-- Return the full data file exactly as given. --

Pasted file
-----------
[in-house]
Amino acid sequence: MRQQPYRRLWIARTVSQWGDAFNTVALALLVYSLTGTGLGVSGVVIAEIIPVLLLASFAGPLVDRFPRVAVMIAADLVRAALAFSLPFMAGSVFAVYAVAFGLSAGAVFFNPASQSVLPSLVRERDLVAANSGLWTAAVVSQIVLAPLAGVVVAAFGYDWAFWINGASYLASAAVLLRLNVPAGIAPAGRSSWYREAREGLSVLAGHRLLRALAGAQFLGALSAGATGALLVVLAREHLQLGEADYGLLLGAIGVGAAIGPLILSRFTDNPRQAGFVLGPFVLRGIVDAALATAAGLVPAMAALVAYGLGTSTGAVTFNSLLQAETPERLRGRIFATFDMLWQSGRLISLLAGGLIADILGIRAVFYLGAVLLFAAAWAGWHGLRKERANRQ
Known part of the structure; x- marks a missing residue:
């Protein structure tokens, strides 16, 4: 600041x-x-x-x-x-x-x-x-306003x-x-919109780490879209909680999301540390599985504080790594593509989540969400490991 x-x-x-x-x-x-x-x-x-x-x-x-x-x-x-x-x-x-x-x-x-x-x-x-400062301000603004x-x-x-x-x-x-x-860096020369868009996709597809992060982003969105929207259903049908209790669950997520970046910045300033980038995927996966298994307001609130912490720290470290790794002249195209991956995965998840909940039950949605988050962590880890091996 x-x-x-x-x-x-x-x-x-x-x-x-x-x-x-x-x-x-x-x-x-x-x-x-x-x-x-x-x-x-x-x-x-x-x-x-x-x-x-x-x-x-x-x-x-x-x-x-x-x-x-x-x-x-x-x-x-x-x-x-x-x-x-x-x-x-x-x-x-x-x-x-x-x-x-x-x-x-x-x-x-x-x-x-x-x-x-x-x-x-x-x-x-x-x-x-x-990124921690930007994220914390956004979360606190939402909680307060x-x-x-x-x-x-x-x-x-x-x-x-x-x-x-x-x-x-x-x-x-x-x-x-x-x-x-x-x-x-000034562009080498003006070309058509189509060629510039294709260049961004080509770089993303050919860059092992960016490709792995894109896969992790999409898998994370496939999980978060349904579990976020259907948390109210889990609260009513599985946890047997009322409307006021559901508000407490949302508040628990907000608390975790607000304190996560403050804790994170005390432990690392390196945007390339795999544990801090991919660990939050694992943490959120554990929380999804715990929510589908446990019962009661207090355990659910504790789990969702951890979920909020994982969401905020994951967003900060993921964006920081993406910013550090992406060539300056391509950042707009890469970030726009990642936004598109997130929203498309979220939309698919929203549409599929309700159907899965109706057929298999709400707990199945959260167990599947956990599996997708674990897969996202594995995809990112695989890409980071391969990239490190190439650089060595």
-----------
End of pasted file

[in-house]
Amino acid sequence: MRQQPYRRLWIARTVSQWGDAFNTVALALLVYSLTGTGLGVSGVVIAEIIPVLLLASFAGPLVDRFPRVAVMIAADLVRAALAFSLPFMAGSVFAVYAVAFGLSAGAVFFNPASQSVLPSLVRERDLVAANSGLWTAAVVSQIVLAPLAGVVVAAFGYDWAFWINGASYLASAAVLLRLNVPAGIAPAGRSSWYREAREGLSVLAGHRLLRALAGAQFLGALSAGATGALLVVLAREHLQLGEADYGLLLGAIGVGAAIGPLILSRFTDNPRQAGFVLGPFVLRGIVDAALATAAGLVPAMAALVAYGLGTSTGAVTFNSLLQAETPERLRGRIFATFDMLWQSGRLISLLAGGLIADILGIRAVFYLGAVLLFAAAWAGWHGLRKERANRQ
Known part of the structure; x- marks a missing residue:
């Protein structure tokens, strides 16, 4: 600041x-x-x-x-x-x-x-x-306003x-x-919109780490879209909680999301540390599985504080790594593509989540969400490991 x-x-x-x-x-x-x-x-x-x-x-x-x-x-x-x-x-x-x-x-x-x-x-x-400062301000603004x-x-x-x-x-x-x-860096020369868009996709597809992060982003969105929207259903049908209790669950997520970046910045300033980038995927996966298994307001609130912490720290470290790794002249195209991956995965998840909940039950949605988050962590880890091996 x-x-x-x-x-x-x-x-x-x-x-x-x-x-x-x-x-x-x-x-x-x-x-x-x-x-x-x-x-x-x-x-x-x-x-x-x-x-x-x-x-x-x-x-x-x-x-x-x-x-x-x-x-x-x-x-x-x-x-x-x-x-x-x-x-x-x-x-x-x-x-x-x-x-x-x-x-x-x-x-x-x-x-x-x-x-x-x-x-x-x-x-x-x-x-x-x-990124921690930007994220914390956004979360606190939402909680307060x-x-x-x-x-x-x-x-x-x-x-x-x-x-x-x-x-x-x-x-x-x-x-x-x-x-x-x-x-x-000034562009080498003006070309058509189509060629510039294709260049961004080509770089993303050919860059092992960016490709792995894109896969992790999409898998994370496939999980978060349904579990976020259907948390109210889990609260009513599985946890047997009322409307006021559901508000407490949302508040628990907000608390975790607000304190996560403050804790994170005390432990690392390196945007390339795999544990801090991919660990939050694992943490959120554990929380999804715990929510589908446990019962009661207090355990659910504790789990969702951890979920909020994982969401905020994951967003900060993921964006920081993406910013550090992406060539300056391509950042707009890469970030726009990642936004598109997130929203498309979220939309698919929203549409599929309700159907899965109706057929298999709400707990199945959260167990599947956990599996997708674990897969996202594995995809990112695989890409980071391969990239490190190439650089060595």